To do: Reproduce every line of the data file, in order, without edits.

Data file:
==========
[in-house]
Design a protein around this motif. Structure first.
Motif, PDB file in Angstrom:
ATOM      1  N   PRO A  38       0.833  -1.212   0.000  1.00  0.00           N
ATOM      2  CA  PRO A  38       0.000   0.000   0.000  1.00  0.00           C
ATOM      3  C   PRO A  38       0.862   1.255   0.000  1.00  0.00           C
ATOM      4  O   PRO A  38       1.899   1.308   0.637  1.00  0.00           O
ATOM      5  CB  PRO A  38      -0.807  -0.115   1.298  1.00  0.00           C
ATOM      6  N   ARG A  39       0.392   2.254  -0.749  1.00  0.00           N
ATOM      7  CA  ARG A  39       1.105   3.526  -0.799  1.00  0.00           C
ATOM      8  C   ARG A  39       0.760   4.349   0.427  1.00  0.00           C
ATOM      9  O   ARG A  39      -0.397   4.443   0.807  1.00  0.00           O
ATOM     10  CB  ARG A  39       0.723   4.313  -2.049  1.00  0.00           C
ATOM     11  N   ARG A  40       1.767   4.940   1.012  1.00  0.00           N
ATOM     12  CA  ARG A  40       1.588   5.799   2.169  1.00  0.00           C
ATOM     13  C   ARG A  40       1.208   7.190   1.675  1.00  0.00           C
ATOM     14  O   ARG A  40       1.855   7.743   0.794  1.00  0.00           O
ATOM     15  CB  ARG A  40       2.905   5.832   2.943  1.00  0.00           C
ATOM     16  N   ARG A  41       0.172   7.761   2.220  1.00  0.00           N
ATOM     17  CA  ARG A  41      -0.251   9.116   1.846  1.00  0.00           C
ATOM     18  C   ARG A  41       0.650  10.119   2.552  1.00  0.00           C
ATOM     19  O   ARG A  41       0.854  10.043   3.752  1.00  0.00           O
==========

[in-house]
Design a protein around this motif. Structure first.
Motif, PDB file in Angstrom:
ATOM      1  N   PRO A  38       0.833  -1.212   0.000  1.00  0.00           N
ATOM      2  CA  PRO A  38       0.000   0.000   0.000  1.00  0.00           C
ATOM      3  C   PRO A  38       0.862   1.255   0.000  1.00  0.00           C
ATOM      4  O   PRO A  38       1.899   1.308   0.637  1.00  0.00           O
ATOM      5  CB  PRO A  38      -0.807  -0.115   1.298  1.00  0.00           C
ATOM      6  N   ARG A  39       0.392   2.254  -0.749  1.00  0.00           N
ATOM      7  CA  ARG A  39       1.105   3.526  -0.799  1.00  0.00           C
ATOM      8  C   ARG A  39       0.760   4.349   0.427  1.00  0.00           C
ATOM      9  O   ARG A  39      -0.397   4.443   0.807  1.00  0.00           O
ATOM     10  CB  ARG A  39       0.723   4.313  -2.049  1.00  0.00           C
ATOM     11  N   ARG A  40       1.767   4.940   1.012  1.00  0.00           N
ATOM     12  CA  ARG A  40       1.588   5.799   2.169  1.00  0.00           C
ATOM     13  C   ARG A  40       1.208   7.190   1.675  1.00  0.00           C
ATOM     14  O   ARG A  40       1.855   7.743   0.794  1.00  0.00           O
ATOM     15  CB  ARG A  40       2.905   5.832   2.943  1.00  0.00           C
ATOM     16  N   ARG A  41       0.172   7.761   2.220  1.00  0.00           N
ATOM     17  CA  ARG A  41      -0.251   9.116   1.846  1.00  0.00           C
ATOM     18  C   ARG A  41       0.650  10.119   2.552  1.00  0.00           C
ATOM     19  O   ARG A  41       0.854  10.043   3.752  1.00  0.00           O